Transcriptional Response to C1 and methylated compounds in Pelagibacter HTCC1062
ABSTRACT: Recent studies have shown that Pelagibacter oxidize a wide range of one carbon (C1) and methylated compounds that are ubiquitous in the oceans. However, the metabolic pathways used to oxidize and assimilate these compounds are complex and have been only partly described. To understand the metabolism of these compounds in Pelagibacter and to identify candidate genes involved in these pathways, we used microarray to study changes in gene expression in response to five different compounds (trimethylamine N-oxide (TMAO), methylamine, dimethylsulfoniopropionate (DMSP), methanol, and glycine betaine (GBT)) in Pelagibacter strain HTCC1062. This project will examine the transcriptional response of the marine microorganism Pelagibacter HTCC1062 to five methylated compounds. To do this, 18 flasks were innoculated with cells - 3 flasks without any methylated compounds and rest of 15 treated with different methylated compounds respectively (TMAO (trtmA), methylamine (trtmB), DMSP (trtmC), methanol (trtmD) and glycine betaine (trtmE)). Cells were all harvested at the same timepoint in the exponential phase.
Project description:Recent studies have shown that Pelagibacter oxidize a wide range of one carbon (C1) and methylated compounds that are ubiquitous in the oceans. However, the metabolic pathways used to oxidize and assimilate these compounds are complex and have been only partly described. To understand the metabolism of these compounds in Pelagibacter and to identify candidate genes involved in these pathways, we used microarray to study changes in gene expression in response to five different compounds (trimethylamine N-oxide (TMAO), methylamine, dimethylsulfoniopropionate (DMSP), methanol, and glycine betaine (GBT)) in Pelagibacter strain HTCC1062. Overall design: This project will examine the transcriptional response of the marine microorganism Pelagibacter HTCC1062 to five methylated compounds. To do this, 18 flasks were innoculated with cells - 3 flasks without any methylated compounds and rest of 15 treated with different methylated compounds respectively (TMAO (trtmA), methylamine (trtmB), DMSP (trtmC), methanol (trtmD) and glycine betaine (trtmE)). Cells were all harvested at the same timepoint in the exponential phase.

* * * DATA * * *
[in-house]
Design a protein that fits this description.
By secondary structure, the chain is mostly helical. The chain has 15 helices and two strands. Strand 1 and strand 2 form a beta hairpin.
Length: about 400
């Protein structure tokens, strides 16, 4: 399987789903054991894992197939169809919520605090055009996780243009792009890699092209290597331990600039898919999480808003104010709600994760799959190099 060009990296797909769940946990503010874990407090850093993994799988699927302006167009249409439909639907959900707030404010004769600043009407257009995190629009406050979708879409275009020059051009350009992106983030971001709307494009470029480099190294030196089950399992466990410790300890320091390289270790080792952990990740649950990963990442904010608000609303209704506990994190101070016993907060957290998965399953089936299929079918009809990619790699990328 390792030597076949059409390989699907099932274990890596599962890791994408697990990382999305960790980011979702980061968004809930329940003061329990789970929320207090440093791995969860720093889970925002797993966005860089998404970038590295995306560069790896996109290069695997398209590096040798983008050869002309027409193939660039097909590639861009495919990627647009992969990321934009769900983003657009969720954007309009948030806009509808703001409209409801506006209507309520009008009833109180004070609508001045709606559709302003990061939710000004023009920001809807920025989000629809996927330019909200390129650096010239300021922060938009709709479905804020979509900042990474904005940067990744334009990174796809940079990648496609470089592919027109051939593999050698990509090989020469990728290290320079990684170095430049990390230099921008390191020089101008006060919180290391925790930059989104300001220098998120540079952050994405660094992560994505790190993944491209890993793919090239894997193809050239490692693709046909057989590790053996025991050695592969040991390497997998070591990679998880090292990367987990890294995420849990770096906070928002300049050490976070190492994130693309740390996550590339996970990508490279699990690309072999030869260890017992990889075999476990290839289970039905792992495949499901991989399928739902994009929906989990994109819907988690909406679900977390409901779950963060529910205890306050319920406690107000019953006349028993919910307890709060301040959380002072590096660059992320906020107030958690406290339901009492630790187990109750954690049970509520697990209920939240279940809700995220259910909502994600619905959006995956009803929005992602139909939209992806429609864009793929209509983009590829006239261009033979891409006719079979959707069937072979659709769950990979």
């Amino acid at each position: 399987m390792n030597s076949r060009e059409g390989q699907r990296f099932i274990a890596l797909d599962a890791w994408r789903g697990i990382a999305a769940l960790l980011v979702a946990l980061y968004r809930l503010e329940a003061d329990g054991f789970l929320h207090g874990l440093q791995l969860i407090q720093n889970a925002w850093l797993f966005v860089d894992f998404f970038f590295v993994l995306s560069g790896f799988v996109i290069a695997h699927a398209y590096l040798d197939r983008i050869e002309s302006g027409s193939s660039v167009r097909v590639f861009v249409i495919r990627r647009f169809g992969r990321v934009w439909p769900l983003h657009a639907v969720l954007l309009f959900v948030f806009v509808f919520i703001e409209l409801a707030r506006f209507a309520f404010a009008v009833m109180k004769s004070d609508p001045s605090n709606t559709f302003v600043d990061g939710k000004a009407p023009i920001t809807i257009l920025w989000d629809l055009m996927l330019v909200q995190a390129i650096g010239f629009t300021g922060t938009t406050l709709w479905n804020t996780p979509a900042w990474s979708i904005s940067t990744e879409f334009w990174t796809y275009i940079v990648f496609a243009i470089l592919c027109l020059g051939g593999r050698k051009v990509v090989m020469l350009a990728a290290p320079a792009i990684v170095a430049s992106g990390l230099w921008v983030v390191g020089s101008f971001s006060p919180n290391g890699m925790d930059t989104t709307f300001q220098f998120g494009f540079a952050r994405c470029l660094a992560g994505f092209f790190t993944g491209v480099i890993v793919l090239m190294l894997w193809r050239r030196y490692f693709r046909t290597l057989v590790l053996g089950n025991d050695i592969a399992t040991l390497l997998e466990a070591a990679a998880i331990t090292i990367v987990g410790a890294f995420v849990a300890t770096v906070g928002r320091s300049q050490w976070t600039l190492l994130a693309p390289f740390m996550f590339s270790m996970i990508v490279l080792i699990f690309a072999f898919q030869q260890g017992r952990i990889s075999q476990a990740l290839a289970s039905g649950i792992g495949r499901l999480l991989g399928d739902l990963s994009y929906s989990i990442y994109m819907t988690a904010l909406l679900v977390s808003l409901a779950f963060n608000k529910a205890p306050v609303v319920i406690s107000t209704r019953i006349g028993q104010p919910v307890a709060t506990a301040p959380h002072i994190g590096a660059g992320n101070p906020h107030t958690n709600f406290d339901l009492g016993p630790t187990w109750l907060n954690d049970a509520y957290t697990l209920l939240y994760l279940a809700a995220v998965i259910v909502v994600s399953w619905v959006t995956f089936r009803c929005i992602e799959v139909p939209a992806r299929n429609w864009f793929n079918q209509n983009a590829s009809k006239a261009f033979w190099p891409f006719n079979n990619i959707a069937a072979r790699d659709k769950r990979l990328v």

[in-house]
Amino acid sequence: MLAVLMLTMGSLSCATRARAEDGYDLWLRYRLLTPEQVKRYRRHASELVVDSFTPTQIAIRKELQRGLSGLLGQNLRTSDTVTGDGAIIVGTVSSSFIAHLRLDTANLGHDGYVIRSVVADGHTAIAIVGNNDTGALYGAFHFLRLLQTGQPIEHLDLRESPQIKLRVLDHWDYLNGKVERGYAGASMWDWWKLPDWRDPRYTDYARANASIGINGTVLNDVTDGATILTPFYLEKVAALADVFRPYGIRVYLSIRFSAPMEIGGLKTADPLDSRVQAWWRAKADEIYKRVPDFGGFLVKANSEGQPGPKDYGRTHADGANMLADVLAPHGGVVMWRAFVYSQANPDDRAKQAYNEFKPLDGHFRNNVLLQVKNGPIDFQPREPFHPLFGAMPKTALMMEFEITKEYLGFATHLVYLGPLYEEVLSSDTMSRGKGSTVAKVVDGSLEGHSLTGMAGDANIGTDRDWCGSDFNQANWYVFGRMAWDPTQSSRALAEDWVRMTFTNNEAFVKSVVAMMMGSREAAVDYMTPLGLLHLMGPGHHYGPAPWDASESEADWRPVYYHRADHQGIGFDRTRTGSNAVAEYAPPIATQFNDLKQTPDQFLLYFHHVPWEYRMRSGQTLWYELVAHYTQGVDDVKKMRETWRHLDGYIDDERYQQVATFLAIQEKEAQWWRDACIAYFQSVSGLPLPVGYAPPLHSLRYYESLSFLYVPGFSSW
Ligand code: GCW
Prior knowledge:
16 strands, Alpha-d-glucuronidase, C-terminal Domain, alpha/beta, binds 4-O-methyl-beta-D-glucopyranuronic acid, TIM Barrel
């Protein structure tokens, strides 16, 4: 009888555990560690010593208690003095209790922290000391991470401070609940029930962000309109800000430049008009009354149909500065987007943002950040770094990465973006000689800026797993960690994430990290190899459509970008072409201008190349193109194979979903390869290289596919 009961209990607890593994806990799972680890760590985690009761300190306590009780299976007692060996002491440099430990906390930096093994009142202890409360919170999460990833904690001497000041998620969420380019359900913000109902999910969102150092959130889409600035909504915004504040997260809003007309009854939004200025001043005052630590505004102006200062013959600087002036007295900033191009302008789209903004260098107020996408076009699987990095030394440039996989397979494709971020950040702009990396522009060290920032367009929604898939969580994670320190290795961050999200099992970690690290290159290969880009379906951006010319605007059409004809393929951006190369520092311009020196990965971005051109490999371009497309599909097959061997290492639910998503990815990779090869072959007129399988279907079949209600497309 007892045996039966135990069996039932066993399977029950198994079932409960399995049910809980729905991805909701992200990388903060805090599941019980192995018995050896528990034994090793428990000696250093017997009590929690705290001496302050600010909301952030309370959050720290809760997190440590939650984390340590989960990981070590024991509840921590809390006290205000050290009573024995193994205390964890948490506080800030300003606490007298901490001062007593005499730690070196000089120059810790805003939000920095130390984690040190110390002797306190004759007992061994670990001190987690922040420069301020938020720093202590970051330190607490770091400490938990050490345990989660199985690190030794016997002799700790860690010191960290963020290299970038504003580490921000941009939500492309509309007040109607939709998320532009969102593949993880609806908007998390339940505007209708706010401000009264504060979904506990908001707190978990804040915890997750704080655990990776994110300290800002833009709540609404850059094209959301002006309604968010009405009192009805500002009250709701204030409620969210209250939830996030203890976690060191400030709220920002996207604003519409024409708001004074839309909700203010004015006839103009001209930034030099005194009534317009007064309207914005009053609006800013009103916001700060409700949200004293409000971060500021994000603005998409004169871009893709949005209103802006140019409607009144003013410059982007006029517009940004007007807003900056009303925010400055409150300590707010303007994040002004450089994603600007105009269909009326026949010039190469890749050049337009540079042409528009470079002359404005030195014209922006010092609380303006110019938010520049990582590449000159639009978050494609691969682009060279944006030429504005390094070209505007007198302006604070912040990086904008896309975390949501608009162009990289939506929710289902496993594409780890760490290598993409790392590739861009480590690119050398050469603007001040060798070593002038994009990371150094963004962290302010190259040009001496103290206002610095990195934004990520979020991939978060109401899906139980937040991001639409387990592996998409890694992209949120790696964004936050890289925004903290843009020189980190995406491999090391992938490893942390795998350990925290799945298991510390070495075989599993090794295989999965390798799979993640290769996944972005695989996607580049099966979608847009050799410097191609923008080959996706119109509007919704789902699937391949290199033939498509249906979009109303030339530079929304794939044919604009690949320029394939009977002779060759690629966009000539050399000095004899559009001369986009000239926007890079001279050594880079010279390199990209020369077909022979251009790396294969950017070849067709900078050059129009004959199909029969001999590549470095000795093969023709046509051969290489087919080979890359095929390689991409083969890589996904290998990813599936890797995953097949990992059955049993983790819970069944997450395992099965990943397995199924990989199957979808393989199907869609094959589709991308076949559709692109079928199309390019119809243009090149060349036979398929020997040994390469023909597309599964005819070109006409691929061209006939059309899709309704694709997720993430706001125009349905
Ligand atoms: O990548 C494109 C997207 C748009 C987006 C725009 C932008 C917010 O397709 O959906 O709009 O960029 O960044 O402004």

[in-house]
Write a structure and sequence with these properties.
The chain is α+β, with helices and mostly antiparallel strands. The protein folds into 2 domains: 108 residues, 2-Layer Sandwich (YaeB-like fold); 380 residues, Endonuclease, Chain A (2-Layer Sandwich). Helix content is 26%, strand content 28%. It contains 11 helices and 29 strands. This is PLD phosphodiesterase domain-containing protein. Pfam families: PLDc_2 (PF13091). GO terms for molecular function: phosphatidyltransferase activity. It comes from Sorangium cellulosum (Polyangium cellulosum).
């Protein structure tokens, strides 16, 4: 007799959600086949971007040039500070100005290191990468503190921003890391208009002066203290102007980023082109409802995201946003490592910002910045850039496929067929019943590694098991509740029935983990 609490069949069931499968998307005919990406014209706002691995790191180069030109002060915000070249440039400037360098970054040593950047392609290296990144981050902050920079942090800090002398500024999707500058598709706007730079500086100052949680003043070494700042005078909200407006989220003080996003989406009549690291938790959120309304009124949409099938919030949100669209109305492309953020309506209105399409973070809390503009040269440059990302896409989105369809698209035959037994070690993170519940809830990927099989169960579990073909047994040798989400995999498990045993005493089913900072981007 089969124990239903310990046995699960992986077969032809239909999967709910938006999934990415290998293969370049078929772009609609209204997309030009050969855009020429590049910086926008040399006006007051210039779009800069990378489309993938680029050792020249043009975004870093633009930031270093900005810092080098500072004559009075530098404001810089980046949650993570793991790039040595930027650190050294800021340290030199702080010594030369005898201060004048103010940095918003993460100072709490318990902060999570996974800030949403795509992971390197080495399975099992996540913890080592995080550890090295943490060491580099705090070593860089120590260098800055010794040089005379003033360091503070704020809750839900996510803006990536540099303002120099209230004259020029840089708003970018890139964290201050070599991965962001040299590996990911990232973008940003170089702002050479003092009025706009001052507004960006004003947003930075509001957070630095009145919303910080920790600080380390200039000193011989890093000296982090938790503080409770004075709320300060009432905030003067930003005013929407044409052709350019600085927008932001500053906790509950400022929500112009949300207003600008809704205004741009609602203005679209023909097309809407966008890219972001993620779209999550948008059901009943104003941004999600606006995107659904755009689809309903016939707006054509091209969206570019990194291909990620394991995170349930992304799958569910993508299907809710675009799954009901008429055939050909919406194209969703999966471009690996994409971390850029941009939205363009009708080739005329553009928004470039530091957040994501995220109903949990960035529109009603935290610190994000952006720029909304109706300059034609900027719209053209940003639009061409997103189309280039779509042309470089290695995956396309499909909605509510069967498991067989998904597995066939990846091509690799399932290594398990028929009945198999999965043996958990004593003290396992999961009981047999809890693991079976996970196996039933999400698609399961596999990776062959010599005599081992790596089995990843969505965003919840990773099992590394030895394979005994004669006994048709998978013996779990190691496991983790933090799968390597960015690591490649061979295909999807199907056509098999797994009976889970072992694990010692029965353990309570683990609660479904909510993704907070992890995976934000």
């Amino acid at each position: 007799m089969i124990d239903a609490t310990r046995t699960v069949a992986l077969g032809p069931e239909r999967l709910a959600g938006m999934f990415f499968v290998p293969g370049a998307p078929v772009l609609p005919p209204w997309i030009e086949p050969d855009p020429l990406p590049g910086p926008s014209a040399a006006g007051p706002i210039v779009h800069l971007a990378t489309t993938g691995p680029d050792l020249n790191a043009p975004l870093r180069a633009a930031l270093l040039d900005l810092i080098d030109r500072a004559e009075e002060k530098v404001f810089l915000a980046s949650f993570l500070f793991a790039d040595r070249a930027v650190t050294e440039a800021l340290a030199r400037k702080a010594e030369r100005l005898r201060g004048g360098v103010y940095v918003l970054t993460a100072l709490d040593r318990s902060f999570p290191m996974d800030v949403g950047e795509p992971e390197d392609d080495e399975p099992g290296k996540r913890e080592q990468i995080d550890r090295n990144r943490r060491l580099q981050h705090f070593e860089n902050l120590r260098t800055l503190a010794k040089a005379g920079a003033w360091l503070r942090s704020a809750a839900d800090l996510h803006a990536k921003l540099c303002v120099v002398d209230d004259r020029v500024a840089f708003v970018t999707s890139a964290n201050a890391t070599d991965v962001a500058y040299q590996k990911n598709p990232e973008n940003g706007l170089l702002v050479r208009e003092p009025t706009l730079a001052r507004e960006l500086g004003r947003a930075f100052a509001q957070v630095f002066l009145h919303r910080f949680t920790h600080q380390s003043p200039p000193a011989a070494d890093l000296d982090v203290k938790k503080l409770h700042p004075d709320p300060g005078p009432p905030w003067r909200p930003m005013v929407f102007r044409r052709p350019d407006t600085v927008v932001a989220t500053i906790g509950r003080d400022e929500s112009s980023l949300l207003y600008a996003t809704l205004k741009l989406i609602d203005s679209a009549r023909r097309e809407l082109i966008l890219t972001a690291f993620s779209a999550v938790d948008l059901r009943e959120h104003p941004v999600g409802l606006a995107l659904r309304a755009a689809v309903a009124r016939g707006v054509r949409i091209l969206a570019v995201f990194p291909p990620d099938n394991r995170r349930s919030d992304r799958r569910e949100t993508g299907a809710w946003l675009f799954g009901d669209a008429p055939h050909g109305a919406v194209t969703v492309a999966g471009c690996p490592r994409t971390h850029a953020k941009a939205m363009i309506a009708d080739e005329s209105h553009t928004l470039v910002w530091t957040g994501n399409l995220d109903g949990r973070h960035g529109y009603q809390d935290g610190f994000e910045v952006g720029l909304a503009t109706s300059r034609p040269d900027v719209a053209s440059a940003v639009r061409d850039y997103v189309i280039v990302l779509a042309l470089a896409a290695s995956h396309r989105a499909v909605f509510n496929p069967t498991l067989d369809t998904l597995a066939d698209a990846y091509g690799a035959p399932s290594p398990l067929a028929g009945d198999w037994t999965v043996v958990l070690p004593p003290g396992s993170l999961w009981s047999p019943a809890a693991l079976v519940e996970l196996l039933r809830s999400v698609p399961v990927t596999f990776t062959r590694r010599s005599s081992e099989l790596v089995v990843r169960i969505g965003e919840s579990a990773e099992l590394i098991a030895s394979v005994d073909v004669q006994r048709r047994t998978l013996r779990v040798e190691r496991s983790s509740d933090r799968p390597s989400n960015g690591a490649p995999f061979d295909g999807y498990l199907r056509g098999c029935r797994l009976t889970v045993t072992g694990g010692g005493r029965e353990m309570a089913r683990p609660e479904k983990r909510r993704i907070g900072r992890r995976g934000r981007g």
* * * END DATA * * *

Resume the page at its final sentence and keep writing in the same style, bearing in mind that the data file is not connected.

Project description:The SAR11 Alphaproteobacteria are the most abundant heterotrophs in the oceans and are believed to play a major role in mineralizing marine dissolved organic carbon. Their genomes are among the smallest known for free-living heterotrophic cells, raising questions about how they successfully utilize complex organic matter with a limited metabolic repertoire. Here we show that conserved genes in SAR11 subgroup Ia (Candidatus Pelagibacter ubique) genomes encode pathways for the oxidation of a variety of one-carbon compounds and methyl functional groups from methylated compounds. These pathways were predicted to produce energy by tetrahydrofolate (THF)-mediated oxidation, but not to support the net assimilation of biomass from C1 compounds. Measurements of cellular ATP content and the oxidation of (14)C-labeled compounds to (14)CO(2) indicated that methanol, formaldehyde, methylamine, and methyl groups from glycine betaine (GBT), trimethylamine (TMA), trimethylamine N-oxide (TMAO), and dimethylsulfoniopropionate (DMSP) were oxidized by axenic cultures of the SAR11 strain Ca. P. ubique HTCC1062. Analyses of metagenomic data showed that genes for C1 metabolism occur at a high frequency in natural SAR11 populations. In short term incubations, natural communities of Sargasso Sea microbial plankton expressed a potential for the oxidation of (14)C-labeled formate, formaldehyde, methanol and TMAO that was similar to cultured SAR11 cells and, like cultured SAR11 cells, incorporated a much larger percentage of pyruvate and glucose (27-35%) than of C1 compounds (2-6%) into biomass. Collectively, these genomic, cellular and environmental data show a surprising capacity for demethylation and C1 oxidation in SAR11 cultures and in natural microbial communities dominated by SAR11, and support the conclusion that C1 oxidation might be a significant conduit by which dissolved organic carbon is recycled to CO(2) in the upper ocean.
Project description:Nine marine methanogenic Methanococcoides strains, including the type strains of Methanococcoides methylutens, M. burtonii, and M. alaskense, were tested for the utilization of N-methylated glycines. Three strains (NM1, PM2, and MKM1) used glycine betaine (N,N,N-trimethylglycine) as a substrate for methanogenesis, partially demethylating it to N,N-dimethylglycine, whereas none of the strains used N,N-dimethylglycine or sarcosine (N-methylglycine). Growth rates and growth yields per mole of substrate with glycine betaine (3.96 g [dry weight] per mol) were similar to those with trimethylamine (4.11 g [dry weight] per mol). However, as glycine betaine is only partially demethylated, the yield per methyl group was significantly higher than with trimethylamine. If glycine betaine and trimethylamine are provided together, trimethylamine is demethylated to dimethyl- and methylamine with limited glycine betaine utilization. After trimethylamine is depleted, dimethylamine and glycine betaine are consumed rapidly, before methylamine. Glycine betaine extends the range of substrates that can be directly utilized by some methanogens, allowing them to gain energy from the substrate without the need for syntrophic partners.